Source: Eastern American Diocese – ROCOR
Approximately 2,500 churches and monasteries comprise a melting pot of cultures and liturgical traditions that define Orthodox North America. 1,000 of those churches belong to the Russian Orthodox Church and the Orthodox Church in America, both of whom are deeply rooted in the 1,000 year history of Orthodox Russia. One of the most visible signs of similarity between these jurisdictions is the Russian style of liturgical singing, which is vastly different from the Greek and Antiochian traditions. OCA and Russian churches predominantly sing the services a cappella, which requires a choir and a competent conductor. Choir conferences and short term training courses are organized by most Orthodox jurisdictions in America, but there has not been a unified program or formal institute where conductors and singers can receive their training.
In an effort to better train church musicians, representatives from most major musical programs and seminaries in ROCOR and the OCA gathered together at the end of 2013 to form the Patriarch Tikhon Russian-American Music Institute (PaTRAM). The work of the newly formed institute was blessed by the Primates of the Orthodox Church in America and the Russian Church Abroad. Building on the work that has been done by music educators in the past, PaTRAM strives to provide continuity through its progressive training programs at every level of Church musical development in both English and Slavonic.
In 2013, PaTRAM reached an agreement with Vladimir Gorbik, conductor of Moscow’s Holy Trinity-St. Sergius Lavra’s Representation Church choir, to collaborate on a program designed specifically for people living in North America who want to learn church singing and directing. This program is founded on the same process used for church music and choral direction training at the Representation Church in Moscow, developed by Gorbik and representing a synthesis of the spirituality of Holy Trinity-St. Sergius Lavra and the professional education offered at the Moscow State Conservatory. Over the last ten years, this educational method has been helping people of different professions who had no prior musical or choral education become church singers and choir directors, and has been no obstacle to their professional lives.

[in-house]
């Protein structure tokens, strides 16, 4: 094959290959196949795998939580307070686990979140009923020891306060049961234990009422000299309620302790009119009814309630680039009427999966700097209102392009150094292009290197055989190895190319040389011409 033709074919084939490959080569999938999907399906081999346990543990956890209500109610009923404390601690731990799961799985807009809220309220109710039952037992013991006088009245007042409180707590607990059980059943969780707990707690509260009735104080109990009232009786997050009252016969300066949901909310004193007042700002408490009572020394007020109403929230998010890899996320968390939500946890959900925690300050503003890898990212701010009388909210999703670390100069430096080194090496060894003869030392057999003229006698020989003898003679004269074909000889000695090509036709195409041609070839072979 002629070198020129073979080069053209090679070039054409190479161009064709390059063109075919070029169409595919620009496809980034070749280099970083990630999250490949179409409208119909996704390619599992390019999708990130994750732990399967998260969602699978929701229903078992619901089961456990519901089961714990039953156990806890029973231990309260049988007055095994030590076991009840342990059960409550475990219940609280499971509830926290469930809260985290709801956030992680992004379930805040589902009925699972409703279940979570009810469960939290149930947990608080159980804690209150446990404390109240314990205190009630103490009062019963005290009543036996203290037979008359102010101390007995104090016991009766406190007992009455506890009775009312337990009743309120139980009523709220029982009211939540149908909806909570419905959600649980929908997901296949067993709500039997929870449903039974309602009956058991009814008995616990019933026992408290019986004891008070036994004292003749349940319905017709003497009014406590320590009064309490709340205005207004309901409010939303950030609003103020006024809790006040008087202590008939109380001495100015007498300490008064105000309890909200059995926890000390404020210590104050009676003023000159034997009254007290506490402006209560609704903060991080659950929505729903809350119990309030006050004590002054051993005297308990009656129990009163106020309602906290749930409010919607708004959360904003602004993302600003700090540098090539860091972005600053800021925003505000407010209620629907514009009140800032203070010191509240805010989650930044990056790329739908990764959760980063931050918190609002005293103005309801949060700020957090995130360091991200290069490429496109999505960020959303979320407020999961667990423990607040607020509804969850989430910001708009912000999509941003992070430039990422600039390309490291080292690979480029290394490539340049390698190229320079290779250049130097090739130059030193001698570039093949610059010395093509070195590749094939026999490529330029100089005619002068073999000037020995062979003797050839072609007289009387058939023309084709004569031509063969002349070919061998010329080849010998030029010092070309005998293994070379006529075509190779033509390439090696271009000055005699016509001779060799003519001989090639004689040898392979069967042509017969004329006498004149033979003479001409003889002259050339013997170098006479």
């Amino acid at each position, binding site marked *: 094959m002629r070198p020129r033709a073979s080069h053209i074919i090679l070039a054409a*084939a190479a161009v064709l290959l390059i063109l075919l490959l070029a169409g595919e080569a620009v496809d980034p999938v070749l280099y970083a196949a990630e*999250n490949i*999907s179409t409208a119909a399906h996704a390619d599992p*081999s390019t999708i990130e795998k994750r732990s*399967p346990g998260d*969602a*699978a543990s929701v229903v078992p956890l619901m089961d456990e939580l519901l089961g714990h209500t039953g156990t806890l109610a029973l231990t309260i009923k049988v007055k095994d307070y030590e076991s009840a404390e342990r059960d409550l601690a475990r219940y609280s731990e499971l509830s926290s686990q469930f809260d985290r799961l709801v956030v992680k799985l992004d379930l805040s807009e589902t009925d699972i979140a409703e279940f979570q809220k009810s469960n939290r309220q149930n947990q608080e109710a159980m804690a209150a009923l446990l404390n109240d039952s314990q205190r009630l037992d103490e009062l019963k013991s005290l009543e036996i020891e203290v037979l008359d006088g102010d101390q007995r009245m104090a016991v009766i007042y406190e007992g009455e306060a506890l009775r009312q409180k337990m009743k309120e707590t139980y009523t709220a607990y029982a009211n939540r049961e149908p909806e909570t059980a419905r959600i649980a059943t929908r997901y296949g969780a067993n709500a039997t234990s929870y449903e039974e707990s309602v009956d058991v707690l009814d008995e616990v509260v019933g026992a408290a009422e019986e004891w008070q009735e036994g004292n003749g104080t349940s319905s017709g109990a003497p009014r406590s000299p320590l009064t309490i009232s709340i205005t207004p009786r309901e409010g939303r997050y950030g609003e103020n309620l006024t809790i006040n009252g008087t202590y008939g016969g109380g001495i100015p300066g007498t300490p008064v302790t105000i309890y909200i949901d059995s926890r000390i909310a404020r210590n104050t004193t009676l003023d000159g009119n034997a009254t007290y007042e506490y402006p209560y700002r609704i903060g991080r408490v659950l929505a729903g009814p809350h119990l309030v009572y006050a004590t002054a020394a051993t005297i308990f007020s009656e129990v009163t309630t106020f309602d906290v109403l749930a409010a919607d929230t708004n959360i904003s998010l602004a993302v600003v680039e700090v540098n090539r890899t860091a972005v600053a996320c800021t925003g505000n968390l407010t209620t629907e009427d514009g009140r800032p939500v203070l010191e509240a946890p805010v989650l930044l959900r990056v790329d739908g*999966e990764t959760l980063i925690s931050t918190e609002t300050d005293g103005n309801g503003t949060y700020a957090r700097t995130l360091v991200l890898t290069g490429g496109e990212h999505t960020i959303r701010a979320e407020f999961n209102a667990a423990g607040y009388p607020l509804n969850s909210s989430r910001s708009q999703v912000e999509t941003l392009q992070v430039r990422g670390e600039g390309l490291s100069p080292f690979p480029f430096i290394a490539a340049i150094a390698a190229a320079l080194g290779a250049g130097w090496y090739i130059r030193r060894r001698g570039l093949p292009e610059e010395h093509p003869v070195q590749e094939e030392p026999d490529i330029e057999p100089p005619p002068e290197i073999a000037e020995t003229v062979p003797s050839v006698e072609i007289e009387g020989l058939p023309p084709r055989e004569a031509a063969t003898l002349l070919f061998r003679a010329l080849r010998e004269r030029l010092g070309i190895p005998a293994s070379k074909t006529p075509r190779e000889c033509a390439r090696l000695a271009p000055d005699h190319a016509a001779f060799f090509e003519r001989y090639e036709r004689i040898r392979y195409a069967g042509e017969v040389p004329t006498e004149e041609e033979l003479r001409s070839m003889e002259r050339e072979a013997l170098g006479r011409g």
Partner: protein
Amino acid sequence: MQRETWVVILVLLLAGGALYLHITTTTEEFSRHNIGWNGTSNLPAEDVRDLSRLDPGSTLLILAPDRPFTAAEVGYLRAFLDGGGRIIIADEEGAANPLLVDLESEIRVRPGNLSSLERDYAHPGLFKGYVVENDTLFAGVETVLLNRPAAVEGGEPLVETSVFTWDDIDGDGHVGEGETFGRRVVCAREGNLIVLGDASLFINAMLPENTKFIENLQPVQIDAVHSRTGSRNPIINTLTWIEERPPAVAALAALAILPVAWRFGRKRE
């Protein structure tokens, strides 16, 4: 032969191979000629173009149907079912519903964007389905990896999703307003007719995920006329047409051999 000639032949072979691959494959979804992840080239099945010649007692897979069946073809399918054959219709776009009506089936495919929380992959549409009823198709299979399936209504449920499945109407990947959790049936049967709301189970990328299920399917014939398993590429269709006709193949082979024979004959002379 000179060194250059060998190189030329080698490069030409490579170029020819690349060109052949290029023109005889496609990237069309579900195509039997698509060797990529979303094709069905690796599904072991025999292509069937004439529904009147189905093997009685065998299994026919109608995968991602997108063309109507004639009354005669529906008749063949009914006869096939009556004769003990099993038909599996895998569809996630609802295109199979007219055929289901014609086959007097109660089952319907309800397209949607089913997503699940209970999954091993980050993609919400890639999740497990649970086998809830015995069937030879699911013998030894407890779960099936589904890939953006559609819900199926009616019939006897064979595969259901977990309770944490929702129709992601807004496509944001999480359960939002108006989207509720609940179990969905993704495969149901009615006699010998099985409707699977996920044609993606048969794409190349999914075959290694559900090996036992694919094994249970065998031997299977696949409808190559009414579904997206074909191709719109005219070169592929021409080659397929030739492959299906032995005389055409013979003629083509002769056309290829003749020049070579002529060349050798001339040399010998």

Understanding that most choir conductors and singers in America are not able to take weeks off from their personal and work schedules, PaTRAM offers comprehensive training programs through the Internet. Weekend classes are conducted at various times and in different parts of the country, but the primary goal of PaTRAM is to create an accessible virtual institute to build competence over longer training intervals. The programs do not require the student to have a musical education, because the intent is to take anyone with musical potential and teach him to sing or conduct. Those who already have musical training can further their education through the Master’s program.
One of PaTRAM’s unique characteristics is its desire to unite professionalism with prayer. To demonstrate the potential of prayerful singing by professionals who are also believers, in September 2013 PaTRAM launched the Patriarch Tikhon Choir under the direction of Vladimir Gorbik. Three concerts were organized in New York City, Pittsburgh, and Washington, DC as part of the choir’s world premiere. (Click here for a New York Times review of the concert.)
PaTRAM has also partnered with the Media Office of the Eastern American Diocese of ROCOR to produce a documentary about the work and goals of the institute. The 25-minute film, entitled “Uniting Musical Excellence with Orthodox Worship,” gives an overview of the important role of music in the life of the Orthodox Church and explains how PaTRAM is embarking on an endeavor that could potentially revolutionize the way that the Orthodox conductors and singers receive their musical training in North America.
For more information or to register for classes, please visit the official website of the Patriarch Tikhon Russian-American Music Institute at www.patraminstitute.org.